Islamists everywhere are waging a war against free speech and free thought and scored two victories in the UK this week.
Update: Since this story was first published, Warwick University Student Union have overturned their decision and Maryam Namazie will be permitted to speak.
Namazie is the spokesperson for the One Law for All campaign against sharia law in the UK and also for the Council of Ex-Muslims. She was born in Tehran, Iran and has campaigned against Islamism for many years after fleeing Iran and leaving Islam.
She had been scheduled to address the Warwick University Student Union in October after being invited by the Warwick Atheists Secularists and Humanists Society.
Yet the Union decided to cancel her talk on the grounds it “could incite hatred on campus.”
“The initial decision was made for the right of Muslim students not to feel intimidated or discriminated against on their university campus” said Warwick University Student Union President Isaac Leigh, “rather than in the interest of suppressing free speech.”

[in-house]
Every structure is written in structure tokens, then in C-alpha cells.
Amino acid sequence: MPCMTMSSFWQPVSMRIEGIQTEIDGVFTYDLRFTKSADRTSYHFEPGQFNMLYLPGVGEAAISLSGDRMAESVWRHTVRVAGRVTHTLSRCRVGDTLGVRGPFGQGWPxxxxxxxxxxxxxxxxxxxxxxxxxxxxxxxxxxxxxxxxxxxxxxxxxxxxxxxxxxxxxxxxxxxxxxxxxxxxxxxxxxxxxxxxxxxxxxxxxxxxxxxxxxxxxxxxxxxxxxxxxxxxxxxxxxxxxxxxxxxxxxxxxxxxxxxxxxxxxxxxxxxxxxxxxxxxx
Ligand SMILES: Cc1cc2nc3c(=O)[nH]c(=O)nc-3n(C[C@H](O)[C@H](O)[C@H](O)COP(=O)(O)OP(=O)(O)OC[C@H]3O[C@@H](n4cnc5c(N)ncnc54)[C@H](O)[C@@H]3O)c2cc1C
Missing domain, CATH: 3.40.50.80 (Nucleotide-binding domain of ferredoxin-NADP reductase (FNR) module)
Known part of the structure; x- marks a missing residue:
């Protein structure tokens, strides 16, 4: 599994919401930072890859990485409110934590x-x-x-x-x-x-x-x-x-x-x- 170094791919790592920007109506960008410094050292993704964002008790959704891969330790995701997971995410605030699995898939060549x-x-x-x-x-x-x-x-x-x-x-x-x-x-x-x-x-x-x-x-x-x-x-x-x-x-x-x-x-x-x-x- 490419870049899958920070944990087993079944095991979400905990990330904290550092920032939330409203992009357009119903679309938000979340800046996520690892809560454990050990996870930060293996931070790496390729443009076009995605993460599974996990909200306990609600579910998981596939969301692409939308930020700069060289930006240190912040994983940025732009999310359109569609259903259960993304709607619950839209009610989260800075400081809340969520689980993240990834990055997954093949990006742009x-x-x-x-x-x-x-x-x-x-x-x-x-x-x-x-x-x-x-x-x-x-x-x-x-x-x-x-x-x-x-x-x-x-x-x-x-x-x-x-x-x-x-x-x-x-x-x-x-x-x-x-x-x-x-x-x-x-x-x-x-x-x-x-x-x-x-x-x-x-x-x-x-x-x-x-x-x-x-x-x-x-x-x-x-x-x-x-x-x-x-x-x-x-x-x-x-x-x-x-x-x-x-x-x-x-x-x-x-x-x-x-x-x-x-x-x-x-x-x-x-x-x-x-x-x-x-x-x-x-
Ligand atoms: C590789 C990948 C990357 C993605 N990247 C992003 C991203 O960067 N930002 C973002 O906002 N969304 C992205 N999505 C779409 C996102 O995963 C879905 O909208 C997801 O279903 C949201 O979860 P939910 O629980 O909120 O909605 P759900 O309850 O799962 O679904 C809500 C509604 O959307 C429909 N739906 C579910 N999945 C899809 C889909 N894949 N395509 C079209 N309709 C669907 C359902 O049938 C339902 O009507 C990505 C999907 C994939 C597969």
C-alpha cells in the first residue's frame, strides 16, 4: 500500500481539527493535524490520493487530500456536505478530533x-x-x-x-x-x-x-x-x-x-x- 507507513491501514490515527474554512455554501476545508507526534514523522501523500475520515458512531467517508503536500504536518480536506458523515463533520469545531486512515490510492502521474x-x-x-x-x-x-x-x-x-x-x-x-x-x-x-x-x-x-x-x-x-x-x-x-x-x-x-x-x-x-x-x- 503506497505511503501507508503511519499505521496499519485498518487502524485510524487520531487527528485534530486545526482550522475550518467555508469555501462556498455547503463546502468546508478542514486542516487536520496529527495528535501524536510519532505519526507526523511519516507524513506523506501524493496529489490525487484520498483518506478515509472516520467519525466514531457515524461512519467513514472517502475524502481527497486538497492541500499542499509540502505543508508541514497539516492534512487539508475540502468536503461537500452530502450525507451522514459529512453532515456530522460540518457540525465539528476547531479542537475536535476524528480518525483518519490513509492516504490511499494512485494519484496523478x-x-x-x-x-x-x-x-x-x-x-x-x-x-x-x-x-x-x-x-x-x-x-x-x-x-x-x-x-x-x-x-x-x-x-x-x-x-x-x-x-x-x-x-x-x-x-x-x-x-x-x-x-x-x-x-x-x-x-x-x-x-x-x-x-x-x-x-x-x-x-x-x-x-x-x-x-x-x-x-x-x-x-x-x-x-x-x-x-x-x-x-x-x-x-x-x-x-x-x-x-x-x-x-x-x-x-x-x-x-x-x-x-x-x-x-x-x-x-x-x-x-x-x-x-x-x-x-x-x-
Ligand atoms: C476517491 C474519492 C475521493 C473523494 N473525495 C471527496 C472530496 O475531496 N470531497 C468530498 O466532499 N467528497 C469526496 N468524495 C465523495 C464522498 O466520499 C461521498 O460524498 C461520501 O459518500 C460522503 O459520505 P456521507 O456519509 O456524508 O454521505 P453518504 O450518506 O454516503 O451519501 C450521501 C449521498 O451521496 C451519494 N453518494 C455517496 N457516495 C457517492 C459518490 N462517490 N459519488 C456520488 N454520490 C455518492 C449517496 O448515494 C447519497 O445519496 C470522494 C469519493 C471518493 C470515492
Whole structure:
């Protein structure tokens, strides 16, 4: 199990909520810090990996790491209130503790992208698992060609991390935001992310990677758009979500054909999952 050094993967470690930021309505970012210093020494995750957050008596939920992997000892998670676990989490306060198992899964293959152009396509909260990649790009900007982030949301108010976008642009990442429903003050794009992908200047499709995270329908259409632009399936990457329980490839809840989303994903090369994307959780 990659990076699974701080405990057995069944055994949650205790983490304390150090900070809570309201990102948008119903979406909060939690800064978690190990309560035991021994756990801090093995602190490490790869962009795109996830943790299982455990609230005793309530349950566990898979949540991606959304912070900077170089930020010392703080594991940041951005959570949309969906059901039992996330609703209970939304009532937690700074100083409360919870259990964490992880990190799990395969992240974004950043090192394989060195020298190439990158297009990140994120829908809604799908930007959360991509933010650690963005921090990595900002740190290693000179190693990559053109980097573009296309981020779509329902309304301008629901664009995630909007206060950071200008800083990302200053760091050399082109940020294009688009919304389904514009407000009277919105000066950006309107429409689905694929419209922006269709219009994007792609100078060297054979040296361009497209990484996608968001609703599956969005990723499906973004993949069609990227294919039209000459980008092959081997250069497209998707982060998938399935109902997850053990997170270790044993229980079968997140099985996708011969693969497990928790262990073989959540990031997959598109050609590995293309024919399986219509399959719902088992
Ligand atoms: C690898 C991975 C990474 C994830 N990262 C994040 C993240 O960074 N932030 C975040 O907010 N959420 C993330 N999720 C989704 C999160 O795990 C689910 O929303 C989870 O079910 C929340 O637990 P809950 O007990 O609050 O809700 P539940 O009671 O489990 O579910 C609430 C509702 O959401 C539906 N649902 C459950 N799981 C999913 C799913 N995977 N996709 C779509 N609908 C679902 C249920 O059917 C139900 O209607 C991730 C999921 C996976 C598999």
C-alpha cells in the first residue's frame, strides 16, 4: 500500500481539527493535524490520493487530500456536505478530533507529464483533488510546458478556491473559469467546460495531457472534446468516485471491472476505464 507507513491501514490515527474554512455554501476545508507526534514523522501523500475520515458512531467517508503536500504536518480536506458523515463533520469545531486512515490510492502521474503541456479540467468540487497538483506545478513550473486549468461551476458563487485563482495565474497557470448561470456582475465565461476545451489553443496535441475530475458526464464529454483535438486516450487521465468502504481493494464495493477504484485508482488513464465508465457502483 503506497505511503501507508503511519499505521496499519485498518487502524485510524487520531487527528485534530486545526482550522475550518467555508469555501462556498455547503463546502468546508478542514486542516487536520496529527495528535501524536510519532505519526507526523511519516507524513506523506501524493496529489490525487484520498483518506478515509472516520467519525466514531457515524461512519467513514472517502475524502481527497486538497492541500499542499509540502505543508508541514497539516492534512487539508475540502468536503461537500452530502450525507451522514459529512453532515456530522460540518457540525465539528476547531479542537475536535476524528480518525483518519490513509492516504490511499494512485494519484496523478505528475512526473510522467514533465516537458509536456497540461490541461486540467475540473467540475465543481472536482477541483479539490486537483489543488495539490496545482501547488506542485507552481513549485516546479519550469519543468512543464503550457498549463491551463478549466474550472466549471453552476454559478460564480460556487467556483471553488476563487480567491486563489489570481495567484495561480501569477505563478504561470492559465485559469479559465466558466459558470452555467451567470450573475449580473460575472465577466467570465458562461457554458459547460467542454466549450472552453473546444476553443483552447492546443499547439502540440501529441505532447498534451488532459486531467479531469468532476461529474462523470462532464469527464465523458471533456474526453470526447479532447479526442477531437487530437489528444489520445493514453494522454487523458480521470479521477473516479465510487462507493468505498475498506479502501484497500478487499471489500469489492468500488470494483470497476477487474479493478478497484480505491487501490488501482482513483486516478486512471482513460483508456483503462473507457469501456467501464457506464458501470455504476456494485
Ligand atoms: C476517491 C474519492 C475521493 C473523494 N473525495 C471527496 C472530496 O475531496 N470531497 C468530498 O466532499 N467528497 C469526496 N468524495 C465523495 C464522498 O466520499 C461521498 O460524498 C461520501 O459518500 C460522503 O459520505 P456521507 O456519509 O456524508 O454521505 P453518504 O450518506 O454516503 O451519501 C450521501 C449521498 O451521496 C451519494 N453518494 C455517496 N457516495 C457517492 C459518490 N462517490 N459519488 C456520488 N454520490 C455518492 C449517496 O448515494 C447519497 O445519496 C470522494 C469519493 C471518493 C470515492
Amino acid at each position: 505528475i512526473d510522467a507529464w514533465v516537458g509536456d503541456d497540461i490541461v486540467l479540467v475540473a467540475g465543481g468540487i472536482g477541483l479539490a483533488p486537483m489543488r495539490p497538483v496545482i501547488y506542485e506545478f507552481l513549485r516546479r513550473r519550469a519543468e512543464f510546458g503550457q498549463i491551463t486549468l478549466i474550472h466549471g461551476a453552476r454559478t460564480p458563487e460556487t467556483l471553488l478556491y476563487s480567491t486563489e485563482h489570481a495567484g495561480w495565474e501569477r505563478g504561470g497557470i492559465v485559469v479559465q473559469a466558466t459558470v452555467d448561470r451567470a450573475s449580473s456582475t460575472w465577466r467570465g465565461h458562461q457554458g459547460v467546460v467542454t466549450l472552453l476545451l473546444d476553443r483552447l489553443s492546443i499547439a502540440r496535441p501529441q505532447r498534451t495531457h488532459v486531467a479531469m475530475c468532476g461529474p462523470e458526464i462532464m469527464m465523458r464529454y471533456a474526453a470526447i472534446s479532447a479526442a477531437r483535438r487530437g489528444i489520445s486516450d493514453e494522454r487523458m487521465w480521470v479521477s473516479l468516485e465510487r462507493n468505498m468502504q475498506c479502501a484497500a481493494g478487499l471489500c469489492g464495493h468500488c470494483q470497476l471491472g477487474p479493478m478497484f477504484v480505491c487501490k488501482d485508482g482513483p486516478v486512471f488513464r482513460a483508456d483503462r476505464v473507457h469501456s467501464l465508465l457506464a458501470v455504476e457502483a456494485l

Namazie has received up upsurge of support from secularists, anti-Islamist campaigners and free speech campaigners.
The President of Warwick Atheists Secularists and Humanists Society started a petition on Change.org to demand that Warwick allow Namazie to speak.
You can sign the petition here.
“They’re basically labelling me a racist and an extremist for speaking out against Islam and Islamism,” Namazie said, slamming those who rescinded her invitation.
“If people like me who fled an Islamist regime can’t speak out about my opposition to the far-right Islamic movement, if I can’t criticise Islam… that leaves very [few] options for me as a dissenter because the only thing I have is my freedom of expression.”
At the same time, a free speech exhibition in London this week also turned away an anti-Islamist exhibition, this time over security fears.
‘Isis Threaten Sylvania’ is a series of seven tableaux showing the terrorist group MICE-IS attacking the fictional world of Sylvania, inhabited by cuddly animals that are sold as toys.
The organizers of the Passion for Freedom Exhibition cancelled the exhibit over security fears. Police demanded £36,000 for security over the six days of the exhibit, which the gallery was unable to pay.
They were also unwilling or unable to go ahead without security, and therefore pulled the exhibit.
Separately, these cases are troubling. Together they indicate a fear leading to a deference to the interests of Islamists in the UK.
This is particularly galling in the light of the hit list of bloggers and free thinkers just published by a terrorist group from Bangladesh.
Unless people are willing to stand up for free speech, Islamists will continue to push for more and more concessions, eroding the West’s hard won freedoms.